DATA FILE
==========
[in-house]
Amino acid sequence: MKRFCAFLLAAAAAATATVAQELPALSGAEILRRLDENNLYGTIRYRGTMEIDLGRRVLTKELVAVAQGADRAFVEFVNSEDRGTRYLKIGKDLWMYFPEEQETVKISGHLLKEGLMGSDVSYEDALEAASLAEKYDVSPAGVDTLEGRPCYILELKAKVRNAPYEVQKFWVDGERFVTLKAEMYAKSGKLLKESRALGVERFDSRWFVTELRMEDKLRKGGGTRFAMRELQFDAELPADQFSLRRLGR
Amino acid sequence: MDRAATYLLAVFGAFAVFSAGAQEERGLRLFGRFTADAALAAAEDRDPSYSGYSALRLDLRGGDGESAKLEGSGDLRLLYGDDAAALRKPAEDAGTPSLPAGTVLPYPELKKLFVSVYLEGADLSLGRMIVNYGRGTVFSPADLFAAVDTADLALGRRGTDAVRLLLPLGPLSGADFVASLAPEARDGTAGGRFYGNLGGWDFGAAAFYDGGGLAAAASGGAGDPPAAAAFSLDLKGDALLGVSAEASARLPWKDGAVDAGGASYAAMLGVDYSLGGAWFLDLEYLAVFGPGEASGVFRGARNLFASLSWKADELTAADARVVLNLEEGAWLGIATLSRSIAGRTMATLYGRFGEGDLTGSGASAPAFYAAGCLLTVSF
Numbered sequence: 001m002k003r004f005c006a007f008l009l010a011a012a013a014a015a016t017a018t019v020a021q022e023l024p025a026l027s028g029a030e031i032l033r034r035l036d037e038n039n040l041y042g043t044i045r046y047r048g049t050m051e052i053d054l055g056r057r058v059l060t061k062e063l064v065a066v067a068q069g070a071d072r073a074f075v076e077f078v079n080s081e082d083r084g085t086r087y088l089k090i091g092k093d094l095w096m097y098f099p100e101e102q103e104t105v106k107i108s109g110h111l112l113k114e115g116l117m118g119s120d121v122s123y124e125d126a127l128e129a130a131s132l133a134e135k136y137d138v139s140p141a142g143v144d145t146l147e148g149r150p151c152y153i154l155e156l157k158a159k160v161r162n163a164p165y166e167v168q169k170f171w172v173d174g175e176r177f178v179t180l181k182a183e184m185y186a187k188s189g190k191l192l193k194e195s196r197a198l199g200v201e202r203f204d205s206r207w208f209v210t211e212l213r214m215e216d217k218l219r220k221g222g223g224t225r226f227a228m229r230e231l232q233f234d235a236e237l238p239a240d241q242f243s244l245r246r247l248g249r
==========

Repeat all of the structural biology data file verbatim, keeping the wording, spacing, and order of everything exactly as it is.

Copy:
[in-house]
Amino acid sequence: MKRFCAFLLAAAAAATATVAQELPALSGAEILRRLDENNLYGTIRYRGTMEIDLGRRVLTKELVAVAQGADRAFVEFVNSEDRGTRYLKIGKDLWMYFPEEQETVKISGHLLKEGLMGSDVSYEDALEAASLAEKYDVSPAGVDTLEGRPCYILELKAKVRNAPYEVQKFWVDGERFVTLKAEMYAKSGKLLKESRALGVERFDSRWFVTELRMEDKLRKGGGTRFAMRELQFDAELPADQFSLRRLGR
Amino acid sequence: MDRAATYLLAVFGAFAVFSAGAQEERGLRLFGRFTADAALAAAEDRDPSYSGYSALRLDLRGGDGESAKLEGSGDLRLLYGDDAAALRKPAEDAGTPSLPAGTVLPYPELKKLFVSVYLEGADLSLGRMIVNYGRGTVFSPADLFAAVDTADLALGRRGTDAVRLLLPLGPLSGADFVASLAPEARDGTAGGRFYGNLGGWDFGAAAFYDGGGLAAAASGGAGDPPAAAAFSLDLKGDALLGVSAEASARLPWKDGAVDAGGASYAAMLGVDYSLGGAWFLDLEYLAVFGPGEASGVFRGARNLFASLSWKADELTAADARVVLNLEEGAWLGIATLSRSIAGRTMATLYGRFGEGDLTGSGASAPAFYAAGCLLTVSF
Numbered sequence: 001m002k003r004f005c006a007f008l009l010a011a012a013a014a015a016t017a018t019v020a021q022e023l024p025a026l027s028g029a030e031i032l033r034r035l036d037e038n039n040l041y042g043t044i045r046y047r048g049t050m051e052i053d054l055g056r057r058v059l060t061k062e063l064v065a066v067a068q069g070a071d072r073a074f075v076e077f078v079n080s081e082d083r084g085t086r087y088l089k090i091g092k093d094l095w096m097y098f099p100e101e102q103e104t105v106k107i108s109g110h111l112l113k114e115g116l117m118g119s120d121v122s123y124e125d126a127l128e129a130a131s132l133a134e135k136y137d138v139s140p141a142g143v144d145t146l147e148g149r150p151c152y153i154l155e156l157k158a159k160v161r162n163a164p165y166e167v168q169k170f171w172v173d174g175e176r177f178v179t180l181k182a183e184m185y186a187k188s189g190k191l192l193k194e195s196r197a198l199g200v201e202r203f204d205s206r207w208f209v210t211e212l213r214m215e216d217k218l219r220k221g222g223g224t225r226f227a228m229r230e231l232q233f234d235a236e237l238p239a240d241q242f243s244l245r246r247l248g249r